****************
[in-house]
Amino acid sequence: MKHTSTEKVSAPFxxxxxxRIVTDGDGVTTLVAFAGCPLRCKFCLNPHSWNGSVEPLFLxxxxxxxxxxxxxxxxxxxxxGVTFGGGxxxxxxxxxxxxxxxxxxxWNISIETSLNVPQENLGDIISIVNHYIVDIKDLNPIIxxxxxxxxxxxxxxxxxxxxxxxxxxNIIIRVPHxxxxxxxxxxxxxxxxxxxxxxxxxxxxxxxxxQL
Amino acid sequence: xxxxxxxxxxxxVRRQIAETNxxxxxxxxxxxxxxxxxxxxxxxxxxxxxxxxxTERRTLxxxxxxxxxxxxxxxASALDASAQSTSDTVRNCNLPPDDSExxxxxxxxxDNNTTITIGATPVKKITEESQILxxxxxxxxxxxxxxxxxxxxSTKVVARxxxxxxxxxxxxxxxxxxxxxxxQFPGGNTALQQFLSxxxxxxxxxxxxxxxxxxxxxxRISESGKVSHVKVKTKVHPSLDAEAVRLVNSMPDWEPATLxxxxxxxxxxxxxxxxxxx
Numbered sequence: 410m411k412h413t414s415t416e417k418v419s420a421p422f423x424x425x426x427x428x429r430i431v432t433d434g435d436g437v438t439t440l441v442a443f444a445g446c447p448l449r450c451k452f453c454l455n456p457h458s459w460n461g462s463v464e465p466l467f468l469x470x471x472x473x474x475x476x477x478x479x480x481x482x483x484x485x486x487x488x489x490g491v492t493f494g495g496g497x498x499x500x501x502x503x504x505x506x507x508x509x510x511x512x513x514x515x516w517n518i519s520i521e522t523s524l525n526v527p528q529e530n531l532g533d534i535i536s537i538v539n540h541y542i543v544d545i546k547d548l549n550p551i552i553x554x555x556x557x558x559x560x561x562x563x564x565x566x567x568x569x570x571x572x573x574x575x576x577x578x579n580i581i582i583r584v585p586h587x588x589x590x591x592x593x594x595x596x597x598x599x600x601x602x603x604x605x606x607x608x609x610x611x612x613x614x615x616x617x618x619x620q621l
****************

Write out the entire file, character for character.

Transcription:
[in-house]
Amino acid sequence: MKHTSTEKVSAPFxxxxxxRIVTDGDGVTTLVAFAGCPLRCKFCLNPHSWNGSVEPLFLxxxxxxxxxxxxxxxxxxxxxGVTFGGGxxxxxxxxxxxxxxxxxxxWNISIETSLNVPQENLGDIISIVNHYIVDIKDLNPIIxxxxxxxxxxxxxxxxxxxxxxxxxxNIIIRVPHxxxxxxxxxxxxxxxxxxxxxxxxxxxxxxxxxQL
Amino acid sequence: xxxxxxxxxxxxVRRQIAETNxxxxxxxxxxxxxxxxxxxxxxxxxxxxxxxxxTERRTLxxxxxxxxxxxxxxxASALDASAQSTSDTVRNCNLPPDDSExxxxxxxxxDNNTTITIGATPVKKITEESQILxxxxxxxxxxxxxxxxxxxxSTKVVARxxxxxxxxxxxxxxxxxxxxxxxQFPGGNTALQQFLSxxxxxxxxxxxxxxxxxxxxxxRISESGKVSHVKVKTKVHPSLDAEAVRLVNSMPDWEPATLxxxxxxxxxxxxxxxxxxx
Numbered sequence: 410m411k412h413t414s415t416e417k418v419s420a421p422f423x424x425x426x427x428x429r430i431v432t433d434g435d436g437v438t439t440l441v442a443f444a445g446c447p448l449r450c451k452f453c454l455n456p457h458s459w460n461g462s463v464e465p466l467f468l469x470x471x472x473x474x475x476x477x478x479x480x481x482x483x484x485x486x487x488x489x490g491v492t493f494g495g496g497x498x499x500x501x502x503x504x505x506x507x508x509x510x511x512x513x514x515x516w517n518i519s520i521e522t523s524l525n526v527p528q529e530n531l532g533d534i535i536s537i538v539n540h541y542i543v544d545i546k547d548l549n550p551i552i553x554x555x556x557x558x559x560x561x562x563x564x565x566x567x568x569x570x571x572x573x574x575x576x577x578x579n580i581i582i583r584v585p586h587x588x589x590x591x592x593x594x595x596x597x598x599x600x601x602x603x604x605x606x607x608x609x610x611x612x613x614x615x616x617x618x619x620q621l